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Before and After Photographs
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This was classy in its day, but when this old empire chest arrived nothing worked; drawers were all binding and tilting.  The finish was so cloudy you couldn't tell what kind of wood it was.  

After refinishing I was pleasantly surprised that under the nasty old finish was beautiful and vibrant "crotch" mahogany on all the drawers.  Now the owner has something of value.
A  a woman called my shop to say that she had a roll top desk she was bringing in.  What she brought me, in reality, was a truckload of rubble.  The writing surface was chewed-up by bugs and couldn't be used, and the roll top tambour was rotten too.  It was ALL fallen apart.  These "before" pictures taken from different angles show what she gave me!  She asked, "Can you fix it?"  This old desk had belonged to her late husband and had been poorly stored in a couple of barns for decades.  Apart from sentimental value it had no value at all, and needed to go to the landfill.  I told her, "Yes, I'd be glad to fix it up for you."  After 29 hours of work, installing a new flexible roll along with a new writing surface and refinishing, it was ready to go.  With all the grunginess removed and the two mouse nests cleaned out it's really a nice old desk that I'd be happy to own.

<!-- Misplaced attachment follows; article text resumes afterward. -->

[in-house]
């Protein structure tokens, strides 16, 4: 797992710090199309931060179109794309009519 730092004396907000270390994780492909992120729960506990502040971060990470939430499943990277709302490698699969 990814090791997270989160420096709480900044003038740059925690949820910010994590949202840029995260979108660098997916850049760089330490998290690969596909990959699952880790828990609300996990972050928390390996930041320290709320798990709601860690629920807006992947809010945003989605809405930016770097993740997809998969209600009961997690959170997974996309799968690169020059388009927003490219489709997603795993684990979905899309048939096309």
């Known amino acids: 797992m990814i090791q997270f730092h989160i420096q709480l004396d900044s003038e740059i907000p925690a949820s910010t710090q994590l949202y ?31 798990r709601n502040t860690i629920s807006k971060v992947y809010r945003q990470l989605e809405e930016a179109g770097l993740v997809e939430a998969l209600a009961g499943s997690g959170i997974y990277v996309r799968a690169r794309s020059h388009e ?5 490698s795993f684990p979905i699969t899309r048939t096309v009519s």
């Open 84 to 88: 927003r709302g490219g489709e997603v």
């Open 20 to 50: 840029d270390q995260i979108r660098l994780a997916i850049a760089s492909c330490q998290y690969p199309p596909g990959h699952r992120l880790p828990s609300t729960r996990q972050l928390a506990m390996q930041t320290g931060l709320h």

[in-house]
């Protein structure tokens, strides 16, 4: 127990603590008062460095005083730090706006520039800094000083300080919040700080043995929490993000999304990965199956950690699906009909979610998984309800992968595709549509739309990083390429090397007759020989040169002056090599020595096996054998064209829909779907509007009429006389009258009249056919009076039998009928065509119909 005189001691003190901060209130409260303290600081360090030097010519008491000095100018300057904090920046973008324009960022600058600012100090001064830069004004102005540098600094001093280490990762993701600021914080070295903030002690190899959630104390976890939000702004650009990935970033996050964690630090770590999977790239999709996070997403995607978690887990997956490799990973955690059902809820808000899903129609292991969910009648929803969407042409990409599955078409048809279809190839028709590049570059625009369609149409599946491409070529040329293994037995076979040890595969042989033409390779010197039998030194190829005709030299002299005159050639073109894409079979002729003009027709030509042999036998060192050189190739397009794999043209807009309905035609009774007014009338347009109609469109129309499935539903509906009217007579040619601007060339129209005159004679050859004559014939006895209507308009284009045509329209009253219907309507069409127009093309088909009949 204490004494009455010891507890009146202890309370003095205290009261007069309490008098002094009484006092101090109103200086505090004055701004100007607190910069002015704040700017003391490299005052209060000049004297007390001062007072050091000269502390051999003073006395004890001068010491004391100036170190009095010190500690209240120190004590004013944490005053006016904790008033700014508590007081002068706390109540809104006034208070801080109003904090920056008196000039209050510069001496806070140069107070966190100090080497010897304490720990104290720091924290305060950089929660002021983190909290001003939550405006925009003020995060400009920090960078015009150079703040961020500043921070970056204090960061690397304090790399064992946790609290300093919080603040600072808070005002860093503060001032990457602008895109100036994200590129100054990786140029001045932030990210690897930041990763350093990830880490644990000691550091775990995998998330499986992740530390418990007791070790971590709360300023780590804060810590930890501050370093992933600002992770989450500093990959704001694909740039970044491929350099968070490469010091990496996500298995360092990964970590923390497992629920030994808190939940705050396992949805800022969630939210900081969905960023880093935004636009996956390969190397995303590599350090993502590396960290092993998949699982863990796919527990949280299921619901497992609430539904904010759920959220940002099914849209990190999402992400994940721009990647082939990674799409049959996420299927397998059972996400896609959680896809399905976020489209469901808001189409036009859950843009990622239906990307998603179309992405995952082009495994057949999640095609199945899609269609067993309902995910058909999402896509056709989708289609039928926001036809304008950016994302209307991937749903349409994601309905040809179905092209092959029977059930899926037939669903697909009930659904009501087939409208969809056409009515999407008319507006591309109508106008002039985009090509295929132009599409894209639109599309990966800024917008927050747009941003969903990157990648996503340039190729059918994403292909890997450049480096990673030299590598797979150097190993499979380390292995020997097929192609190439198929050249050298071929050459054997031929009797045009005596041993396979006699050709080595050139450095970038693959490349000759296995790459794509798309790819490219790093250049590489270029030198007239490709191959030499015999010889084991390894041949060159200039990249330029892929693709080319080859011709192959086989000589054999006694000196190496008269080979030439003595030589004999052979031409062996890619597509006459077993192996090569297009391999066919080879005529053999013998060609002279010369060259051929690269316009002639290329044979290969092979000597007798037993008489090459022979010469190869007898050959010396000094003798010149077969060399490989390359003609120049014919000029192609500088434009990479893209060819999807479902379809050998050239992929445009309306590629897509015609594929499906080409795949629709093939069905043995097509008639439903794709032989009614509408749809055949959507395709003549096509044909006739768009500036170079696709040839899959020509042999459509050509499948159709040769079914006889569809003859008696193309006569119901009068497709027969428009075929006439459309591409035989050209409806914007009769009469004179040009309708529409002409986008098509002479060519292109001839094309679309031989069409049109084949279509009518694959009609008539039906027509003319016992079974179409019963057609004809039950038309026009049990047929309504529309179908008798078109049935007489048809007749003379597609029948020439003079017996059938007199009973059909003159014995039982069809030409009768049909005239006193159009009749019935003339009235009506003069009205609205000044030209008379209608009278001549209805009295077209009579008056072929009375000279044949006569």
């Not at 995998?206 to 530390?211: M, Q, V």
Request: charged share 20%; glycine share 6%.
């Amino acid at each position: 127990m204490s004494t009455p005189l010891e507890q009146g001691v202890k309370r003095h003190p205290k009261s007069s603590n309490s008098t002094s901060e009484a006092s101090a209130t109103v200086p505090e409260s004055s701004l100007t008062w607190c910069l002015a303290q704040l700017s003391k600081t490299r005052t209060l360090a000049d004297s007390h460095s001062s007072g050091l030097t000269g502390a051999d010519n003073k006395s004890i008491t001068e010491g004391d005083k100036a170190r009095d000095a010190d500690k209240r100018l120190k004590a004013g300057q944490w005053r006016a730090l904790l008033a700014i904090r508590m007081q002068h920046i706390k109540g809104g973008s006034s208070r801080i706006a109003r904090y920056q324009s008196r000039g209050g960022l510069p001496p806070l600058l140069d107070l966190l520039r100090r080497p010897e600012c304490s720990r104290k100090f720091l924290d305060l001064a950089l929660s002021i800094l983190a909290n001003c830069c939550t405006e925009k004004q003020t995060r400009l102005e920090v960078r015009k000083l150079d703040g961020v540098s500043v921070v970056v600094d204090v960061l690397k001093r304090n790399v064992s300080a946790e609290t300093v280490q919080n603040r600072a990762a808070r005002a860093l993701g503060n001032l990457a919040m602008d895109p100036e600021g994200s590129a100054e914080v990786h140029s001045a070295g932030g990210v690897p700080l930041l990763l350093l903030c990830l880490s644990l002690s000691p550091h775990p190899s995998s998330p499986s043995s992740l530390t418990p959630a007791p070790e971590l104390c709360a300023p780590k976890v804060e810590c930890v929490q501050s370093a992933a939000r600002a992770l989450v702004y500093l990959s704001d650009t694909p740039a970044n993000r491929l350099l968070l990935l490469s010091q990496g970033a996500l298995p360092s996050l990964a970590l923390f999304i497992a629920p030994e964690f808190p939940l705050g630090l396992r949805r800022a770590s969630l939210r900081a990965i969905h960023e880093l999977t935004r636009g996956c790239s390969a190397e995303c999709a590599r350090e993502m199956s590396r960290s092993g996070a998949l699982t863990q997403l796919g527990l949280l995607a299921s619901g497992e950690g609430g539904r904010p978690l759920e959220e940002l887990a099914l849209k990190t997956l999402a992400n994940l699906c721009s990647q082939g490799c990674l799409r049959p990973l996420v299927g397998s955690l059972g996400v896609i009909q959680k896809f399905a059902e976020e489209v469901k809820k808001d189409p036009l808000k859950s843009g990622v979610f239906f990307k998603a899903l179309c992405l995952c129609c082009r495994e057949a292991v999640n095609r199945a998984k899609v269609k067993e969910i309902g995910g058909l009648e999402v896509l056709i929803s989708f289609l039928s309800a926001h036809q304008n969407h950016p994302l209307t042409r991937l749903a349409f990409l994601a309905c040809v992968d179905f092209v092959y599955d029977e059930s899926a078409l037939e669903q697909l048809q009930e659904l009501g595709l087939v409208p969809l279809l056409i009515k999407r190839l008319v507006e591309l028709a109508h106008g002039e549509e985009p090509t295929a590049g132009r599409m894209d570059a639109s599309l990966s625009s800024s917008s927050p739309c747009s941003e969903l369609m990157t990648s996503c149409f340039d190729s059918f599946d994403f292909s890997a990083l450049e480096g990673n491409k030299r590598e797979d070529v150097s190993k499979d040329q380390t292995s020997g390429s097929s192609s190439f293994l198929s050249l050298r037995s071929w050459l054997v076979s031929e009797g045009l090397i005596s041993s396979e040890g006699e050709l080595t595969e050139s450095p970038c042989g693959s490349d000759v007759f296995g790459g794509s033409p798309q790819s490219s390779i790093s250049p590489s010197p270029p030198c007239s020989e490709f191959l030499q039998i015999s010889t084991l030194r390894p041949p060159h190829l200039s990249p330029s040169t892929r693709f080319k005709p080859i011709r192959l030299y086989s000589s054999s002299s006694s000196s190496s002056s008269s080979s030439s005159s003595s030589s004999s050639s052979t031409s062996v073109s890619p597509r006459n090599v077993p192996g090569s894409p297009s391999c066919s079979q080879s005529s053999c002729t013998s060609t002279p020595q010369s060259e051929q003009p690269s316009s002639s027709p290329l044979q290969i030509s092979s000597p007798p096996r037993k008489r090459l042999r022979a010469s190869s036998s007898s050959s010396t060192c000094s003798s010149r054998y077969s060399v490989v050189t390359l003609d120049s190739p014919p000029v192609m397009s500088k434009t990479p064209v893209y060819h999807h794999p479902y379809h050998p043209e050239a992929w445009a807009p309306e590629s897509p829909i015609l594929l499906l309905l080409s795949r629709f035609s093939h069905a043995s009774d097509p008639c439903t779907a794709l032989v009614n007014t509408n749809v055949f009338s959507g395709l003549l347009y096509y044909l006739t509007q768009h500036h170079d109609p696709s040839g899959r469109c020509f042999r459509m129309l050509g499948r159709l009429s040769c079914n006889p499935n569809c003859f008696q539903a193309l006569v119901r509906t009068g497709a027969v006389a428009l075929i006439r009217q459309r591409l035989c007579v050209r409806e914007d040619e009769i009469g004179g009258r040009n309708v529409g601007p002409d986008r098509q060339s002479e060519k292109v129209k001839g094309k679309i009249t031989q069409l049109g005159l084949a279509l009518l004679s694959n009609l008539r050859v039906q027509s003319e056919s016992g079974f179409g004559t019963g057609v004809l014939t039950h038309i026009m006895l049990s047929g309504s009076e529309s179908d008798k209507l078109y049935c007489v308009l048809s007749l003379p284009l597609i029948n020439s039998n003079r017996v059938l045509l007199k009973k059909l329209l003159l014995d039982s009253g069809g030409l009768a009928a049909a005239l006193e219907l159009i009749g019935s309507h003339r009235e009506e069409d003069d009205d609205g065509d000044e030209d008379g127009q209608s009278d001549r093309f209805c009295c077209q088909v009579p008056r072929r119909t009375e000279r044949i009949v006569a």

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A man gave me a set of 6 run-down antique chairs in awful condition.  I could see through the cloudy finish that there was fine inlay on every surface, but because of neglect and poor storage the veneers were popping off and the inlay was loose and missing in places.  
From the 6 chairs I was able to salvage 2 of them and restore them to beauty and usefulness.  These are truly spectacular rosewood chairs with exquisite artistry.  How could anyone mistreat them so! 
Take a close look at this inlay.  Just click on the photo.
The photos on the left show the BEFORE version of a recent project. You would never guess that this used to be a buffet! That is, until someone cut off the legs and threw them away, then applied purple paint, then lavender, then aqua! This is what it looked like when the current owner inherited it from a relative.

Our first objective was to remove all the paint to see what kind of wood was lurking under there, then try to rebuild a leg assembly to look like the original may have looked. We had to guess at their shape and style. 

Removing the layers of nasty paint revealed handsome walnut wood.  With new legs added, the owner hardly was able to recognize it when he came to the shop to pick it up.

The owner of this old clock found it in his late mother's garage where it was hidden for at least 50 years behind some boards. So he decided to let Restoration Workshop try to make it presentable again.  Our slogan really applies here: "New Life for Neglected and Abused Furniture."  

How can we help your furniture?